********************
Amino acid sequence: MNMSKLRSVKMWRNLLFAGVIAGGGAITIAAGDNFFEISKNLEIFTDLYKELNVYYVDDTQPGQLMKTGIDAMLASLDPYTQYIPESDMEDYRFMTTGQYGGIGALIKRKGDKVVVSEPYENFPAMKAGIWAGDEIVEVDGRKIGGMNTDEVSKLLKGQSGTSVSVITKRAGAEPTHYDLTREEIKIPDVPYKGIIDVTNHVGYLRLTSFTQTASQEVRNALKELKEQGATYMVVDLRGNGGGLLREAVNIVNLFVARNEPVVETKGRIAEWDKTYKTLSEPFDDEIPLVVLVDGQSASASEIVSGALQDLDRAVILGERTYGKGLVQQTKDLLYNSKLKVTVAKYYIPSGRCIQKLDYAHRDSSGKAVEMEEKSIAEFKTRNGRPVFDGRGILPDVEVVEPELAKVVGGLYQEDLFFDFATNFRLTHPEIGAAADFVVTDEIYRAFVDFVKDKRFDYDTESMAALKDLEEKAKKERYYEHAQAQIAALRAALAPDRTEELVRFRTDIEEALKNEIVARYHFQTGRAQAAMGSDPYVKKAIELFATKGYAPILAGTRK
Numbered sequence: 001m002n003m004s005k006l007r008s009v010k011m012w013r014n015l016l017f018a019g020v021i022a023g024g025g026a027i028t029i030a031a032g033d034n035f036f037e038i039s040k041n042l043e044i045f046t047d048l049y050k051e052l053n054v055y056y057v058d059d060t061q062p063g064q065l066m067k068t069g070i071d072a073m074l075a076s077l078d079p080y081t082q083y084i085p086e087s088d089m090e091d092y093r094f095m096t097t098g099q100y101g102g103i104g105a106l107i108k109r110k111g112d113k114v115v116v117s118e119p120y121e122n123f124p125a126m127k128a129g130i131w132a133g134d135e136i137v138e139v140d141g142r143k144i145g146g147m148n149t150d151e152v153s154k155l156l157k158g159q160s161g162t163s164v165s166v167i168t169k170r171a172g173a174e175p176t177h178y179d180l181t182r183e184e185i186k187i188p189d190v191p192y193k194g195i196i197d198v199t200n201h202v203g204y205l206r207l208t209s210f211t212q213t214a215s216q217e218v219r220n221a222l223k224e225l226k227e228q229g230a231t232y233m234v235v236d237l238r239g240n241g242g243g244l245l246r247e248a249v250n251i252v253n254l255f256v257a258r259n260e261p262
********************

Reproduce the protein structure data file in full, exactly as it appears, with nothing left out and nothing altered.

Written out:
Amino acid sequence: MNMSKLRSVKMWRNLLFAGVIAGGGAITIAAGDNFFEISKNLEIFTDLYKELNVYYVDDTQPGQLMKTGIDAMLASLDPYTQYIPESDMEDYRFMTTGQYGGIGALIKRKGDKVVVSEPYENFPAMKAGIWAGDEIVEVDGRKIGGMNTDEVSKLLKGQSGTSVSVITKRAGAEPTHYDLTREEIKIPDVPYKGIIDVTNHVGYLRLTSFTQTASQEVRNALKELKEQGATYMVVDLRGNGGGLLREAVNIVNLFVARNEPVVETKGRIAEWDKTYKTLSEPFDDEIPLVVLVDGQSASASEIVSGALQDLDRAVILGERTYGKGLVQQTKDLLYNSKLKVTVAKYYIPSGRCIQKLDYAHRDSSGKAVEMEEKSIAEFKTRNGRPVFDGRGILPDVEVVEPELAKVVGGLYQEDLFFDFATNFRLTHPEIGAAADFVVTDEIYRAFVDFVKDKRFDYDTESMAALKDLEEKAKKERYYEHAQAQIAALRAALAPDRTEELVRFRTDIEEALKNEIVARYHFQTGRAQAAMGSDPYVKKAIELFATKGYAPILAGTRK
Numbered sequence: 001m002n003m004s005k006l007r008s009v010k011m012w013r014n015l016l017f018a019g020v021i022a023g024g025g026a027i028t029i030a031a032g033d034n035f036f037e038i039s040k041n042l043e044i045f046t047d048l049y050k051e052l053n054v055y056y057v058d059d060t061q062p063g064q065l066m067k068t069g070i071d072a073m074l075a076s077l078d079p080y081t082q083y084i085p086e087s088d089m090e091d092y093r094f095m096t097t098g099q100y101g102g103i104g105a106l107i108k109r110k111g112d113k114v115v116v117s118e119p120y121e122n123f124p125a126m127k128a129g130i131w132a133g134d135e136i137v138e139v140d141g142r143k144i145g146g147m148n149t150d151e152v153s154k155l156l157k158g159q160s161g162t163s164v165s166v167i168t169k170r171a172g173a174e175p176t177h178y179d180l181t182r183e184e185i186k187i188p189d190v191p192y193k194g195i196i197d198v199t200n201h202v203g204y205l206r207l208t209s210f211t212q213t214a215s216q217e218v219r220n221a222l223k224e225l226k227e228q229g230a231t232y233m234v235v236d237l238r239g240n241g242g243g244l245l246r247e248a249v250n251i252v253n254l255f256v257a258r259n260e261p262